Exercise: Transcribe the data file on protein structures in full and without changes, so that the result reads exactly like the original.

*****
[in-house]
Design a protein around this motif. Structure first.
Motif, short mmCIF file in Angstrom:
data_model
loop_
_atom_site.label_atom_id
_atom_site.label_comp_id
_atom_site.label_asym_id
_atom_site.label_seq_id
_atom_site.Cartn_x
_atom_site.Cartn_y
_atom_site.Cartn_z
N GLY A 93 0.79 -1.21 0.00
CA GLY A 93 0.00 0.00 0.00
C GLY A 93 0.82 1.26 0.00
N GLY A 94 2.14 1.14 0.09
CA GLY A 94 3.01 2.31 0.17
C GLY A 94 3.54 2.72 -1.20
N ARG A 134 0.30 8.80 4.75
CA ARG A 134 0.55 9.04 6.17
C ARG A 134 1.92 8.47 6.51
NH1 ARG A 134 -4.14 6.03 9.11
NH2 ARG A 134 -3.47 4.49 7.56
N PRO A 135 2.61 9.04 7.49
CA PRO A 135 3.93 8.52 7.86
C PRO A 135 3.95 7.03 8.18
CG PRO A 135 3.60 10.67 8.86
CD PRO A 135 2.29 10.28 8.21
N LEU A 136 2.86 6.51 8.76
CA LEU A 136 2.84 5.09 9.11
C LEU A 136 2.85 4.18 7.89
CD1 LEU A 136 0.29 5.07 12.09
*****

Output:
[in-house]
Design a protein around this motif. Structure first.
Motif, short mmCIF file in Angstrom:
data_model
loop_
_atom_site.label_atom_id
_atom_site.label_comp_id
_atom_site.label_asym_id
_atom_site.label_seq_id
_atom_site.Cartn_x
_atom_site.Cartn_y
_atom_site.Cartn_z
N GLY A 93 0.79 -1.21 0.00
CA GLY A 93 0.00 0.00 0.00
C GLY A 93 0.82 1.26 0.00
N GLY A 94 2.14 1.14 0.09
CA GLY A 94 3.01 2.31 0.17
C GLY A 94 3.54 2.72 -1.20
N ARG A 134 0.30 8.80 4.75
CA ARG A 134 0.55 9.04 6.17
C ARG A 134 1.92 8.47 6.51
NH1 ARG A 134 -4.14 6.03 9.11
NH2 ARG A 134 -3.47 4.49 7.56
N PRO A 135 2.61 9.04 7.49
CA PRO A 135 3.93 8.52 7.86
C PRO A 135 3.95 7.03 8.18
CG PRO A 135 3.60 10.67 8.86
CD PRO A 135 2.29 10.28 8.21
N LEU A 136 2.86 6.51 8.76
CA LEU A 136 2.84 5.09 9.11
C LEU A 136 2.85 4.18 7.89
CD1 LEU A 136 0.29 5.07 12.09